# Text Equation Examples

Listed below are several examples of text equations demonstrating text functions in action.

##### CHAR

The **CHAR** function generates a character from a numeric value. The result is going to be based on the corresponding character of the numeric input read as an int ASCII code. The input should be a value from 0-255. For a character guide, please click here.

Below is a sample equation using the CHAR function.

Below are the results of this sample equation using the CHAR function.

##### CONCAT

The **CONCAT **function concatenates the given comma-separated inputs. This function requires at least one value, however, two or more should be present for there to a difference between the input and the produced value.

There are two main types of use cases for this function:

- Input with a single field combined with static text
**(CONCAT: Use Case 1)** - Input with multiple fields combined with static text
**(CONCAT: Use Case 2)**

**CONCAT: Use Case 1**

Below is a sample equation using the CONCAT function with a single field combined with static text.

Taking a closer look at this sample equation, we can see that (a) is the field and (b) is the static text. When adding text into your function, ensure that it is within single quotes.

Below are the results of this sample equation using the CONCAT function with a single field combined with static text.

**CONCAT: Use Case 2**

Below is a sample equation using the CONCAT function with multiple fields combined with static text.

Taking a closer look at this sample equation, we can see that (a) and (c) are the fields and (b) is the static text. This example shows the use of **CHAR **to place a space between the two fields. No more than 254 total fields and static text instances can be used within the CONCAT function.

Below are the results of this sample equation using the CONCAT function with multiple fields combined with static text.

##### LOWER

The **LOWER **function generates the lowercase representation of your given values. The expected input for this function is a single field.

Below is a sample equation using the LOWER function.

Below are the results of this sample equation using the LOWER function.

##### UPPER

The **UPPER **function generates the uppercase representation of your given values. The expected input for this function is a single field.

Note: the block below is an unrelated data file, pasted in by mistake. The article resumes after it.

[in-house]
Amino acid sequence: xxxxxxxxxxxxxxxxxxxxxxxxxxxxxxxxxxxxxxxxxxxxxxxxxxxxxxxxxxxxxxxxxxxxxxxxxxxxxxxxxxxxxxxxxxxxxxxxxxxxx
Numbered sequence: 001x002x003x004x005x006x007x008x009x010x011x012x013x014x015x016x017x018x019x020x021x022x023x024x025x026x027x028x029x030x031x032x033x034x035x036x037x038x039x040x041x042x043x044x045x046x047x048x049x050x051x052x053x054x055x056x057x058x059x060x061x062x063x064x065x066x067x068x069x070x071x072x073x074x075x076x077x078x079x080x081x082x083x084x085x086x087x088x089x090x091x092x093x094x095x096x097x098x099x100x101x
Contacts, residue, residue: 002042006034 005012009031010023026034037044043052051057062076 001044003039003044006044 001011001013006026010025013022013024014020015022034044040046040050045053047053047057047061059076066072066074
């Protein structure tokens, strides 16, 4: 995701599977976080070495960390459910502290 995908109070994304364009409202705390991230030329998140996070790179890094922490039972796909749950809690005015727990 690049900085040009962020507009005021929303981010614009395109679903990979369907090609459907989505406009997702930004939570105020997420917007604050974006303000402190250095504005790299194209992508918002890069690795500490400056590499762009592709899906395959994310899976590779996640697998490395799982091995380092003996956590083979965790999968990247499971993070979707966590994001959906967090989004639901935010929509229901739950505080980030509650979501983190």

Below is a sample equation using the UPPER function.

Below are the results of this sample equation using the UPPER function.

##### REVERSE

The **REVERSE **function generates the reverse representation of your given values. The expected input for this function is a single field.

Below is a sample equation using the REVERSE function.

Below are the results of this sample equation using the REVERSE function.

##### LENGTH

The **LENGTH **function generates a numeric representation of the number of characters in your given values. The expected input for this function is a single field.

Below is a sample equation using the LENGTH function.

Below are the results of this sample equation using the LENGTH function.

##### REPLACE

The **REPLACE **function replaces a defined set of characters with another defined set of characters within your given values.

The REPLACE function expects three values as input. Referencing the image below, (a) is the field that will display the replacement of value (b) to value (c), (b) is the text to replace, and (c) is the text that will replace the prior (b) value. You may use fields for values B and C or custom text. Custom text must be enclosed within single quotations (') and all values must be separated with a comma. As a reminder, the entire formula must be enclosed within the function parentheses.

For instance, say you have a Sales Rep field and you would like to replace every entry of "Edward" with "Eddie". You can accomplish this with a REPLACE function as illustrated above.

The result of this equation will appear as such:

At this time, the REPLACE function can only be used within field values that do not contain spaces.